South West Coast Path crowned best British walking route

Looking out to sea on the South West Coast Path. Photograph by Richard Taylor.

The South West Coast Path National Trail has been voted the Best British walking route by Walk magazine for the second time in row and the timing couldn’t be more apt. In the past two months, the UK has suffered some of the most severe weather ever to hit these shores and the South West has taken the biggest battering. What the award and the weather have highlighted however, is just how well managed the coastline is for walkers. Read more »

Judging the effects of climate change on extinction may be easier than previously thought

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Ornate box turtle (Terrapene ornata) © Geoffrey A Hammerson

Although widely used assessments of threatened species, such as the IUCN Red List, were not developed with the effects of climate change in mind, a study of 36 amphibian and reptile species endemic to the US has concluded that climate change may not be fundamentally different from other extinction threats in terms of identifying species in danger of extinction. Read more »

Forests are key to the greening of European economies

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Poland ©FAO Forestry/Marek Bodyz

Europe's forest ministers and other high-level delegates from 40 countries have gathered this week in the Finnish town of Rovaniemi to discuss how forests can help European nations move further towards the goal of greening their economies. Read more »

Plastic found to account for the majority of marine microlitter accumulating in the food chain

Fluorescent polystyrene microspheres in the intestines of a water flea. (Photo © Outi Setälä)

Researchers at the Finnish Environment Institute have for the first time successfully demonstrated that microplastics are transferred in the marine food web. The study also provided additional support to suspicions that many plankton organisms are unable to separate plastic particles from their natural food and that they therefore also ingest plastic. Read more »

New study shows that protected marine reserves enhance resilience to climate change

Species such as the blue-throated wrasse were observed in greater numbers in a marine reserve southeast of Tasmania following protection from fishing, which led to greater community stability and resilience. (Picture credit Dr Rick Stuart-Smith)

A new study, led by a University of Southampton scientist, highlights the potential for fish communities in marine reserves to resist climate change impacts better than communities on fished coasts. Read more »

£120,000 on offer to create an inspiring green space using UK native plants

These special Grow Wild projects are one part of the overall UK campaign that aims to inspire three million people to take direct action for UK native wild flowers and get outside in their local communities

The second phase of a £10.5m campaign to bring people and communities together to sow, grow and support UK native wild flowers is underway. Grow Wild inspires people to get together to transform unloved urban sites into wildlife-friendly wild flower patches reconnecting them with the outdoors and with each other. Read more »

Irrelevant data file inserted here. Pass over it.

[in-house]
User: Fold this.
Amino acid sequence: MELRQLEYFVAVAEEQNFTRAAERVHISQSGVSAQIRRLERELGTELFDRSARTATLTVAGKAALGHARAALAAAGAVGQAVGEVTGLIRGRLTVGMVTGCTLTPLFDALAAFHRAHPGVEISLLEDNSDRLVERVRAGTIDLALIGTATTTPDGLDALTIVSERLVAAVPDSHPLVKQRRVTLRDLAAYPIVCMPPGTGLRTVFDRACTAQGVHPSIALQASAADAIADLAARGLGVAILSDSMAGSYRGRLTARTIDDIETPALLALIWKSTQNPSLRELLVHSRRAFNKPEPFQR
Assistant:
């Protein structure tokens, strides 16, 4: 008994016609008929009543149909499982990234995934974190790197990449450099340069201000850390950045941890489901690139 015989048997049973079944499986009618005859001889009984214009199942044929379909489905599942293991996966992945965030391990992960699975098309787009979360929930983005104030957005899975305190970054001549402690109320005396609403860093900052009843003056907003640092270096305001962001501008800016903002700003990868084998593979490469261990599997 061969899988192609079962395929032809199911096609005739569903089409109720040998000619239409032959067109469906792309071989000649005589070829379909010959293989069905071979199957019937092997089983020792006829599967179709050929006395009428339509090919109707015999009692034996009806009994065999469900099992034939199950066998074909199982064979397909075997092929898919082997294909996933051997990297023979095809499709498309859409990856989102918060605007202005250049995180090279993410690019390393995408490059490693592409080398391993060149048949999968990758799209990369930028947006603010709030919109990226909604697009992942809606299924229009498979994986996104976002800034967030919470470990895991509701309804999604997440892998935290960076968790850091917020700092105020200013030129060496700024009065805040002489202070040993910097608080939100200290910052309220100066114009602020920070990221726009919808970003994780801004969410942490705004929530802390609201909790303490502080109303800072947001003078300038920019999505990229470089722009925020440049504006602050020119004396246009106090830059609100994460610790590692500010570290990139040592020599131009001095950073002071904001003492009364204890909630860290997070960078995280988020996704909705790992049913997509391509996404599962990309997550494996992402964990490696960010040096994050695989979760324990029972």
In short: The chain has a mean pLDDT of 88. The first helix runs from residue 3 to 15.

University of Essex project helps to protect the world’s wetland landscapes

Action to help preserve some of the world’s most valuable ecosystems is behind a major international project, led by the University of Essex. The culmination of the five-year project has been the development of an integrated action planning toolkit on wetland conservation and management, which can be adapted to help provide bespoke solutions to protect valuable ecosystems around the globe. Read more »

Little Book of Big Deforestation Drivers provides 24 catalysts to address deforestation

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This hypothetical supply chain of a burger illustrates the complexity of global supply chains and the numerous actors and stages involved in the production and trade of a product from the forest to the end consumer.

A new book published today (Monday 18th November) by the Global Canopy Programme (GCP) outlines the global context to the drivers of deforestation. Read more »

Report exposes threat to dam ‘Lost World’ in Guyana

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Chai-Chai gorge, just below the falls where, in a third phase of the Amaila hydro project, a dam would be built to divert the headwaters of the upper Mazaruni into the Kuribrong and Amaila rivers in the Potaro basin © Audrey Butt Colson

Plans to build a massive hydro-electric dam on the land of two unique tribes in Guyana would lead to the destruction of a unique people and vast tracts of rainforest, a new report has revealed today. Read more »

Keeping Britain Buzzing with free cups of organic coffee at Le Pain Quotidien

To celebrate the last day of summer and in support of the Soil Association’s Keep Britain Buzzing campaign, Le Pain Quotidien will be giving away free cups of organic coffee on the morning of 23 September, the last day of summer.

The free coffee will be available at five different Le Pain Quotidien outlets across London:

Le Pain Quotidien St Paul’s
2 St. Paul's Churchyard
London EC4M 8AP

Le Pain Quotidien Soho
68-70 Wardour Street

Le Pain Quotidien Highgate
86 Highgate High Street
N6 5HX Read more »

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